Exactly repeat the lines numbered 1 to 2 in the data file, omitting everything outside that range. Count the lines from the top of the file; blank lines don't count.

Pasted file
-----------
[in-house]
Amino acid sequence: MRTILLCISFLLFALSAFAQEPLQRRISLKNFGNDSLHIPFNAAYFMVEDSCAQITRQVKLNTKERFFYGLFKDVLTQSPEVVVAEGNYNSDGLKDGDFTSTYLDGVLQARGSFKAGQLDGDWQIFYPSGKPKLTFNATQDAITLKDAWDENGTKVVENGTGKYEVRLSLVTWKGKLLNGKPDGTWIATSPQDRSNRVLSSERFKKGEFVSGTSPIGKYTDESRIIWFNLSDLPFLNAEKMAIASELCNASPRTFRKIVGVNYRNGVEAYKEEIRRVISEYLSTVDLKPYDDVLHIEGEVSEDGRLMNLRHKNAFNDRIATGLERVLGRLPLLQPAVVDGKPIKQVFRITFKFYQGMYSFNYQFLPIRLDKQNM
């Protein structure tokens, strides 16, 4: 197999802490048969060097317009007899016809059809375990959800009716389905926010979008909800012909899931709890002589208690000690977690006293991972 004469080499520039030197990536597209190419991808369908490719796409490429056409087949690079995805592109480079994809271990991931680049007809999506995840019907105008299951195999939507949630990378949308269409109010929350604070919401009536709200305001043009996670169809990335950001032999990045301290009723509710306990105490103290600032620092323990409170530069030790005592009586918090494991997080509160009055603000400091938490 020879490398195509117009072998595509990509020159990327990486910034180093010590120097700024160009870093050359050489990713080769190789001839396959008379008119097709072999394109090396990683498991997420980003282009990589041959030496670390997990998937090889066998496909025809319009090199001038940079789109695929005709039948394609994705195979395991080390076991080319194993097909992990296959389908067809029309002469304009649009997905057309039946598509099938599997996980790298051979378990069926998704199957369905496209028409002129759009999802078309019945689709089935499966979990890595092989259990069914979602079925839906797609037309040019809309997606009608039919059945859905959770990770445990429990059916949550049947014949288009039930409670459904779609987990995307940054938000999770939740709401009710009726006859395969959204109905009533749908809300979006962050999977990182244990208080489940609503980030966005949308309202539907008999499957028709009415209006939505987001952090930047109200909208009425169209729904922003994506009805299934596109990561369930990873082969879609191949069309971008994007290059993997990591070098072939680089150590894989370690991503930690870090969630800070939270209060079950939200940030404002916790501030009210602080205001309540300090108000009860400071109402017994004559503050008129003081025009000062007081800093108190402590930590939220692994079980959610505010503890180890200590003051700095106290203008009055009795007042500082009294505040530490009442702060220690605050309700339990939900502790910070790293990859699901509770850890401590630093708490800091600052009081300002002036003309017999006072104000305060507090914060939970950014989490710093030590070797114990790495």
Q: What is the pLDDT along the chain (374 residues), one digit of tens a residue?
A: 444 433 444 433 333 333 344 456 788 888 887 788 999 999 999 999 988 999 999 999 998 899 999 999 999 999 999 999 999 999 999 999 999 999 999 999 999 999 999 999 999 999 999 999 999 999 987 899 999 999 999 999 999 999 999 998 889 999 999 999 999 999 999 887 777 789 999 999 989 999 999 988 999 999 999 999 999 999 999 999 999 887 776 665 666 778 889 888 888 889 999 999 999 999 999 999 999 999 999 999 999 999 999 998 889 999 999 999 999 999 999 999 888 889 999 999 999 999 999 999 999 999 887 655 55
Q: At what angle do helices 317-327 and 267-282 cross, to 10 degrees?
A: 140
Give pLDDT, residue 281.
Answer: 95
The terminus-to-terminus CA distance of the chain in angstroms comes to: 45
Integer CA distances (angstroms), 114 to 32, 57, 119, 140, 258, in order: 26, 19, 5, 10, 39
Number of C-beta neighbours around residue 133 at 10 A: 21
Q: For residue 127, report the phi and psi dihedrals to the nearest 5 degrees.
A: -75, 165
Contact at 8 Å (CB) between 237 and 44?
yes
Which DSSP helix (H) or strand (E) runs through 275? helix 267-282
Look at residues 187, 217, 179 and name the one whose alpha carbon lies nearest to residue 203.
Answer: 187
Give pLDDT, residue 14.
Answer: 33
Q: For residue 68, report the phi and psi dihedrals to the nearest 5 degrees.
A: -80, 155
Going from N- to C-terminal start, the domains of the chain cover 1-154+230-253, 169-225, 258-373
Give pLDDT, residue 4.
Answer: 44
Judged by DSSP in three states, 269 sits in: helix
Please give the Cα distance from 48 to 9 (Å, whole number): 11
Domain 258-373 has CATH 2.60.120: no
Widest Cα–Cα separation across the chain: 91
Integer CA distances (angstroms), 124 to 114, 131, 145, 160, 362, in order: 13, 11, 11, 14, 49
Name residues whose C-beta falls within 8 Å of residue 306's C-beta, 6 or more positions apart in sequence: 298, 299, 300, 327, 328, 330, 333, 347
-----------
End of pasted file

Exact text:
[in-house]
Amino acid sequence: MRTILLCISFLLFALSAFAQEPLQRRISLKNFGNDSLHIPFNAAYFMVEDSCAQITRQVKLNTKERFFYGLFKDVLTQSPEVVVAEGNYNSDGLKDGDFTSTYLDGVLQARGSFKAGQLDGDWQIFYPSGKPKLTFNATQDAITLKDAWDENGTKVVENGTGKYEVRLSLVTWKGKLLNGKPDGTWIATSPQDRSNRVLSSERFKKGEFVSGTSPIGKYTDESRIIWFNLSDLPFLNAEKMAIASELCNASPRTFRKIVGVNYRNGVEAYKEEIRRVISEYLSTVDLKPYDDVLHIEGEVSEDGRLMNLRHKNAFNDRIATGLERVLGRLPLLQPAVVDGKPIKQVFRITFKFYQGMYSFNYQFLPIRLDKQNM